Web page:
Yet more examples of our worrying dependence on big computer networks. There were four in the few days following the RBS/Natwest catastrophic failures, with failure of 4GS to fulfill their expensive contract to staff the Olympic Games security one of the top news stories of 2012 to date.
1. The O2 mobile phone network failed without much explanation returning individuals and businesses back into the dark ages. It is likely to cost them billions in compensation and probably more in reputation. The affair was topped off by a typical mealy-mouthed ‘apology’ we have come to expect from highly paid people in charge of these major corporations that seem incapable of organising anything much.
Chief Exec Ronan Dunne said, their focus was ‘on restoring your confidence and trust in O2.’ Yeah, right.
2. In the past year some £4.5 billion of precious taxes have been lost through ‘fraud and error’ at the Department for Work and Pensions. The biggest department in the government’s organisation the DWP is ‘responsible’ if that’s not overstating it, for the biggest budget in Whitehall.
About £3.2 billion was given out in over-payments. The official line is that the level of ‘fraud and error is unacceptably high.’ That’s telling it like it is.
They are also accountable for the biggest waste of public money. The figure is not just a one-off, but is roughly the same as last year, and the year before that stretching back an eye-watering 24 years!
As the benefit system is ‘simplified’ into a leviathan of complexity, things can only get worse and no amount of systems, programs, solutions will get to grips with it. Reliance on technology has doomed it. Man cannot invent the way forward now.
3. As if to prove that, the Government is planning to reform the entire welfare system with a UK Universal Benefit with a gigantic IT project that is £100 million over budget so far and months behind schedule. Plagued with problems, dependent on HM Revenue and Custom’s ability to provide real-time data from its own system (fat chance) the pilot scheme has suffered what are called ‘glitches’.
An all-party group of MPs who investigate taxation matters has ruled that the technology underpinning the new scheme is ‘not sustainable’ and does not ‘guarantee real-time accuracy.’ They have concluded it threatens to throw the whole thing off course. Permanently.
The excuse/apology department has stepped in with a spokesperson brushing criticism aside with a claim that it is ‘on track’ and would ‘pay for itself twice over every year.’ He or she said ‘talk of spiralling costs is hyperbole.’
These are phrases that could return to haunt them all. The great hope is that we are on the dawn of a new era of joined-up benefits system fit for purpose in the modern world.
4. The Criminal Records Bureau processes over a million checks on people seeking to work or volunteer to work with children or vulnerable people every year. There is no avoiding it, though whether it would have stopped Soham schoolgirls’ killer Ian Huntley is debatable.
They say that 99.995% of their checks are accurate, searching about the right people and recording things correctly.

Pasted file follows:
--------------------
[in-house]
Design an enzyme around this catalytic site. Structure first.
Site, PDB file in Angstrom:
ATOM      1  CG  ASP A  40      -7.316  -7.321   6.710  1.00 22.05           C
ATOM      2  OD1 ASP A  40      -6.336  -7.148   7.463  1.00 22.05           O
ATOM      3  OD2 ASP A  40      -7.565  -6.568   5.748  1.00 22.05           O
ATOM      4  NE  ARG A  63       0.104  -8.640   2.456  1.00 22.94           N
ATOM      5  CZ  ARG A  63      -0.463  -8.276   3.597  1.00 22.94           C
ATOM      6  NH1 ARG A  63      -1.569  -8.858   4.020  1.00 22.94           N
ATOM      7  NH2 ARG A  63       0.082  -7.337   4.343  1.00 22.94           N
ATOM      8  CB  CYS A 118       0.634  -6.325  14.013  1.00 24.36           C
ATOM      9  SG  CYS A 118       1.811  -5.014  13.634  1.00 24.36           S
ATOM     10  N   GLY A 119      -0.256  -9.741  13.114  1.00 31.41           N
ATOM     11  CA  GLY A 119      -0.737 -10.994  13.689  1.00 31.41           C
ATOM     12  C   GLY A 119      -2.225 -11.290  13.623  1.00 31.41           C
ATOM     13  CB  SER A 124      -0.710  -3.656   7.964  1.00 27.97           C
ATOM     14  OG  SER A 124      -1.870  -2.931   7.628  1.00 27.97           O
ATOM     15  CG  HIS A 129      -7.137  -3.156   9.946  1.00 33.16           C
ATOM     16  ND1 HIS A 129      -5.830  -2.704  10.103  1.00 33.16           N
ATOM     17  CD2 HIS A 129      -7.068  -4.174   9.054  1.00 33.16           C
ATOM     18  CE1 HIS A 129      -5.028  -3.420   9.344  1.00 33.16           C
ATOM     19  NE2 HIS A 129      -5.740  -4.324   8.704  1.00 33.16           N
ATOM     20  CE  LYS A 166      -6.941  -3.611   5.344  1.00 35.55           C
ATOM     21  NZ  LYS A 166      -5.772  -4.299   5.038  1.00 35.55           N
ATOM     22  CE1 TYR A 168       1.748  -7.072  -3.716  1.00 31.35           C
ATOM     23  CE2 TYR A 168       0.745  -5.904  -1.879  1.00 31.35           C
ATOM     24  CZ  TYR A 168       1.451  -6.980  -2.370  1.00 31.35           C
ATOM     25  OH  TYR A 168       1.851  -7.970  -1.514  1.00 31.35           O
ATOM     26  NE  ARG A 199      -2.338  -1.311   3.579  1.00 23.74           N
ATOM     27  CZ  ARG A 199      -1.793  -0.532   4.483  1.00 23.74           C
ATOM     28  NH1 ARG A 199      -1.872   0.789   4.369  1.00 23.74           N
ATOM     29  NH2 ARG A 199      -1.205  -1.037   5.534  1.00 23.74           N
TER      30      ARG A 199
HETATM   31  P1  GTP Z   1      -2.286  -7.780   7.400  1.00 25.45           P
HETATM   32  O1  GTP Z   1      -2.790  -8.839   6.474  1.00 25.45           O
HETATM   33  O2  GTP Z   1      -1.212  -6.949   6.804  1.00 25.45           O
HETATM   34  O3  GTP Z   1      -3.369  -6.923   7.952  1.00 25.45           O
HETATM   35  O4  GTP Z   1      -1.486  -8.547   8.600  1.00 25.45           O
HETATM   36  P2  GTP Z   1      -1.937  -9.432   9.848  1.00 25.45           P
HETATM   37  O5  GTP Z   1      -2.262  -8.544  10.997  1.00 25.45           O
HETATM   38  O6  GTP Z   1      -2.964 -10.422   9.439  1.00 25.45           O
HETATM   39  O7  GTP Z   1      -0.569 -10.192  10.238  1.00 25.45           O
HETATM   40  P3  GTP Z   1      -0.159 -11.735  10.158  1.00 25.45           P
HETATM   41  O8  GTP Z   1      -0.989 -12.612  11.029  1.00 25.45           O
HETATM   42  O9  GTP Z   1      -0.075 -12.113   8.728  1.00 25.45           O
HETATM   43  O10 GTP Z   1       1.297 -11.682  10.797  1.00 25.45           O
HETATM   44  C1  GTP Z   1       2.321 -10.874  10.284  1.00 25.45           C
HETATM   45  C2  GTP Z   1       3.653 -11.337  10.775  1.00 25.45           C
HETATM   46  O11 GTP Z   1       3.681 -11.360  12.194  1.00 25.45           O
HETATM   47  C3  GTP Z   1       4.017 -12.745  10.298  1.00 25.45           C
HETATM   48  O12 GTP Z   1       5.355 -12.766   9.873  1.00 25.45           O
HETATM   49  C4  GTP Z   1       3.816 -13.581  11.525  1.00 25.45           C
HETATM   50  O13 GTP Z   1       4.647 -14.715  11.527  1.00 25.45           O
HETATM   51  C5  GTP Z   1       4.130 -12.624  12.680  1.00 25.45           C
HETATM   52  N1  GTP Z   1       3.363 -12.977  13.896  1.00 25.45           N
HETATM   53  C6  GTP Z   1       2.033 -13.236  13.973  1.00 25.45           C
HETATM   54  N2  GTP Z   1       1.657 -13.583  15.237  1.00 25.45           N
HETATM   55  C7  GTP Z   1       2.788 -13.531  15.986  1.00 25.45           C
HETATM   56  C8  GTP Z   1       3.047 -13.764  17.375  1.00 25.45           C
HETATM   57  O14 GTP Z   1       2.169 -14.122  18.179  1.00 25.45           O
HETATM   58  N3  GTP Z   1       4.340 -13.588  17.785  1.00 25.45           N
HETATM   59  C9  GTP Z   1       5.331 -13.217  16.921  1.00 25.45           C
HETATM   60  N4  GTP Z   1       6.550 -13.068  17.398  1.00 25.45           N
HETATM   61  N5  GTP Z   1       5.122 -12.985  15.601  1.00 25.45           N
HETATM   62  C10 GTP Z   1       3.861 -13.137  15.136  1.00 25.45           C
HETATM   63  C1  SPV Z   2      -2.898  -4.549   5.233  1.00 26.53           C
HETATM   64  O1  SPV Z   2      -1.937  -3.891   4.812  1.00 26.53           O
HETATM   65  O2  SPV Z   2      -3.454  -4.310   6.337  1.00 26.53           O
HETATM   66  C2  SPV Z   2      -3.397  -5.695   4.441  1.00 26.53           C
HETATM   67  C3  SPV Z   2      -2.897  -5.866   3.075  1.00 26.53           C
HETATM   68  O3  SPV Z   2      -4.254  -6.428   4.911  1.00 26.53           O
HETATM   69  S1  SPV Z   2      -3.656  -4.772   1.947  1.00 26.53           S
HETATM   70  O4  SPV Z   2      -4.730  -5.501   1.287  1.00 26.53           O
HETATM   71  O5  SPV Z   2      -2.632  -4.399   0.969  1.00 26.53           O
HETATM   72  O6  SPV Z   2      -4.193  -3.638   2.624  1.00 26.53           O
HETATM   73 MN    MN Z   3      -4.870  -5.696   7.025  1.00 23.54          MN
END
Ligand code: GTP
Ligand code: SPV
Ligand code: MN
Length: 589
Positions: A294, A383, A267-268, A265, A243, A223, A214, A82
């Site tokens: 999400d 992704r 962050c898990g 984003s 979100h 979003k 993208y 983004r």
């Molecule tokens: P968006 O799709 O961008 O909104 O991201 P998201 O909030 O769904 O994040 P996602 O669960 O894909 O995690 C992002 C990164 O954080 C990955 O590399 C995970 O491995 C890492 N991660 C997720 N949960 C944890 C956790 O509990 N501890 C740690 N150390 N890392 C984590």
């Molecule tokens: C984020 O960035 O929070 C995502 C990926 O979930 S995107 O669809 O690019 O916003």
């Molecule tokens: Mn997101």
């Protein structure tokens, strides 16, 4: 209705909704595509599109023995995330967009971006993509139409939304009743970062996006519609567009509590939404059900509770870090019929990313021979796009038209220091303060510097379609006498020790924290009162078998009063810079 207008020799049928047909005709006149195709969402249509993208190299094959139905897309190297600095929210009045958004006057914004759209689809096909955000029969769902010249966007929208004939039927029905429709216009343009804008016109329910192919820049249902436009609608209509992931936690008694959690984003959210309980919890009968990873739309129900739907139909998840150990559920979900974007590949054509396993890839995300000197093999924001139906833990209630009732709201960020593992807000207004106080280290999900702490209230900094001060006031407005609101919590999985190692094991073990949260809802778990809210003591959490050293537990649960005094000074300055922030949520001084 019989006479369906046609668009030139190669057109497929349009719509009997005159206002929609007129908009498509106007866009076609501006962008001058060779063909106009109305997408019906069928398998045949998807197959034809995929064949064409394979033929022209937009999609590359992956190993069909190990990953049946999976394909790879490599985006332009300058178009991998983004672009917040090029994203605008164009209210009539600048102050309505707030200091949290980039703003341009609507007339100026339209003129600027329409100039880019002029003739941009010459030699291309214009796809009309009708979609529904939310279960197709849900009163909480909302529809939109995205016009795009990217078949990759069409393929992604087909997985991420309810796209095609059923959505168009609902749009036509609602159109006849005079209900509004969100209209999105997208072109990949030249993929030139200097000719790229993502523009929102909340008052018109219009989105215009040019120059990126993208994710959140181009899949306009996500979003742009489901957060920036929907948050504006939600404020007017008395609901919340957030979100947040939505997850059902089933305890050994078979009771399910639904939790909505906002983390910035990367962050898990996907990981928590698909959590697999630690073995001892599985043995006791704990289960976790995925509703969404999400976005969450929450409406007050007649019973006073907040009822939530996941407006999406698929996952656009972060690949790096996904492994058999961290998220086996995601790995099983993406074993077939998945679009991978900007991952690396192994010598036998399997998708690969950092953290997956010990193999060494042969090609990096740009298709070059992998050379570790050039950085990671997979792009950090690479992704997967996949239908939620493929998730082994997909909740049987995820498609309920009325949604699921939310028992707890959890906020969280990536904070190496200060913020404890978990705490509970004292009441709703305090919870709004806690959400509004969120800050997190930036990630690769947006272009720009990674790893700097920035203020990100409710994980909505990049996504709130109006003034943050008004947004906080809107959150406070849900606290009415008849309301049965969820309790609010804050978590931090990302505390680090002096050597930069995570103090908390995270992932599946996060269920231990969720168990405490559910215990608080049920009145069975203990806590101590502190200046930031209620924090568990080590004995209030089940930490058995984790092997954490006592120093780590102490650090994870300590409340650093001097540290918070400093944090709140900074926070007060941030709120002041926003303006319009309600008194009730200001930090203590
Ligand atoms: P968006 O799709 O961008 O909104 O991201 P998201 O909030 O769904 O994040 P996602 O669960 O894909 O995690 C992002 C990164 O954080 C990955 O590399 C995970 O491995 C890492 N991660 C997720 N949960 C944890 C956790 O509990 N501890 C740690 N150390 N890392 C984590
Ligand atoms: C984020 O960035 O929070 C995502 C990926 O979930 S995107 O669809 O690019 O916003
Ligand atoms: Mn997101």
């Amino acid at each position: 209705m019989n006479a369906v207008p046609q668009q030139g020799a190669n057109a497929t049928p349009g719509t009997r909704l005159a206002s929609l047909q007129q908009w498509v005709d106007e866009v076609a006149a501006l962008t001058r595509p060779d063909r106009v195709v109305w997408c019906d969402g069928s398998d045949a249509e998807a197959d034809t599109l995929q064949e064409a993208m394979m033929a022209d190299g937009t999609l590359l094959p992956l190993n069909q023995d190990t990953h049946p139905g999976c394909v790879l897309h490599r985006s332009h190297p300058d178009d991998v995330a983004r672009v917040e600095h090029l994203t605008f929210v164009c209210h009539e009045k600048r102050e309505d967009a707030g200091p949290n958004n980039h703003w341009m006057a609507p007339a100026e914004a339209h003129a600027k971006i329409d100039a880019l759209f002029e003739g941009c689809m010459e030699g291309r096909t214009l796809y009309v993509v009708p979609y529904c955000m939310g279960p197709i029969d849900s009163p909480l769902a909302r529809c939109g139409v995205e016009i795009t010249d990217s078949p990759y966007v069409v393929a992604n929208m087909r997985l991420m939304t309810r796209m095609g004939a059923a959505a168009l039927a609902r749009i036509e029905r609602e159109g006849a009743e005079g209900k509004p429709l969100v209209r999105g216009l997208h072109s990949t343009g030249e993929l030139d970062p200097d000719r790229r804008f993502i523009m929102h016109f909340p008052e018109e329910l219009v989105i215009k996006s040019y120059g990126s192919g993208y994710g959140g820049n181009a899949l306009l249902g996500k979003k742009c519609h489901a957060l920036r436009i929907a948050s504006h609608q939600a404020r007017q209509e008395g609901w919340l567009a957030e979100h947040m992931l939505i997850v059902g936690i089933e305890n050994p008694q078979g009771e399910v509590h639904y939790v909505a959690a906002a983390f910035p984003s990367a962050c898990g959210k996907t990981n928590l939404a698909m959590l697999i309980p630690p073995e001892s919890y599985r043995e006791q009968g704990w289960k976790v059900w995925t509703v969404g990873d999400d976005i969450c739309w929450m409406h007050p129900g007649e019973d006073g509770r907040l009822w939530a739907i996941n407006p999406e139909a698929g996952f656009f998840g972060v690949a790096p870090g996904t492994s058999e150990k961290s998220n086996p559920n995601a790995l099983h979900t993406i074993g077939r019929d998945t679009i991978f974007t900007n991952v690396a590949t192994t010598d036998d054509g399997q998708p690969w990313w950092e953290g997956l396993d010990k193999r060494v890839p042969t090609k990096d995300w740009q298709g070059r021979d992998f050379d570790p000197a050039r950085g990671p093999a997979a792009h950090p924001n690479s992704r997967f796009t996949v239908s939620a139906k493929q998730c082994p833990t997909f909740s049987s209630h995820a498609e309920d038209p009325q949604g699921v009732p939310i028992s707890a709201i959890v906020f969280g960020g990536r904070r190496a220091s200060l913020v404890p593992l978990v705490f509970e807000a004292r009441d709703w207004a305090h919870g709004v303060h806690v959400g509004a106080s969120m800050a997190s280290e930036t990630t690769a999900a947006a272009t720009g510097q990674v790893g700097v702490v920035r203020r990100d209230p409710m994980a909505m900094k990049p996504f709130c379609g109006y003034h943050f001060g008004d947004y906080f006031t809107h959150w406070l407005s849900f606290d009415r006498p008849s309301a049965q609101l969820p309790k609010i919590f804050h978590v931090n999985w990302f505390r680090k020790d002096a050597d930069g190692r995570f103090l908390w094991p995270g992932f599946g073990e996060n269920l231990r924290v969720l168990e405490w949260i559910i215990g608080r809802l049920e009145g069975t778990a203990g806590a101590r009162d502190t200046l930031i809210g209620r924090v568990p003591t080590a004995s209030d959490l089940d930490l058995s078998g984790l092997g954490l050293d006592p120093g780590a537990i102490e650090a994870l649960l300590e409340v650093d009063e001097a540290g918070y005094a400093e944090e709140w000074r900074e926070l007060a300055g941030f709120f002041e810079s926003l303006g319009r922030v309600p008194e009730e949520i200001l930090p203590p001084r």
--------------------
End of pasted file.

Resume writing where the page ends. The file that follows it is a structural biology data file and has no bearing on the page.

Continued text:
But the fraction of innocents who are incorrectly recorded as having criminal records (204 people, up 19% from the previous year) are citizens deprived of work, charities deprived of volunteers. Not to mention the embarrassment of being falsely labelled a criminal.
They say it is down to ‘a mix up on a computer system’. They say ‘accuracy is a top priority’, when clearly it isn’t. The chief executive still got his bonus. Why should he when there is incompetence.
Why Must Apologies Be So PC?
Never mind about just coming clean, the contemporary instinct from officials, bankers, bureaucrats and others is to shrug off criticism as negative and ‘unhelpful.’ Few acknowledge that what most people feel is that they are incompetent.
It’s that word many of these people don’t seem to like. The politically correct terms are now, ‘a reliability deficit’ or ‘an unpredicted shortfall in competence’ or ‘an inappropriate level of performance relative to the required outcome’. Incompetence.
Or over-reliance on computers that just cannot respond and think like human being sufficiently to replicate us, warts and all.
Steve Nguyen, writing in Workplace Psychology (March 2012) asserted that ‘digital natives’ (younger people born into a digital age) are susceptible to restricting brain influences that certain digital activity creates.
He referred to electronic games and the front lobe in juvenile brains, but the application is that a dependence on computers for everything can quickly become a substitute for normal human activity like interpersonal skills, problem solving, adding and subtracting, timetabling, project management and using pencil and paper to doodle creatively.
He could have gone further and included people in high-power/high-profile jobs who cannot empathise with ordinary people’s frustrations when they cannot access what they are paying for as customers or taxpayers and all they get is some platitude such as ‘your call is important to us…..’
Workplace Psychology, Steve Nguyen, Over-reliance on Computer May Leave You Ill-Suited for High-Trust Jobs, March 2012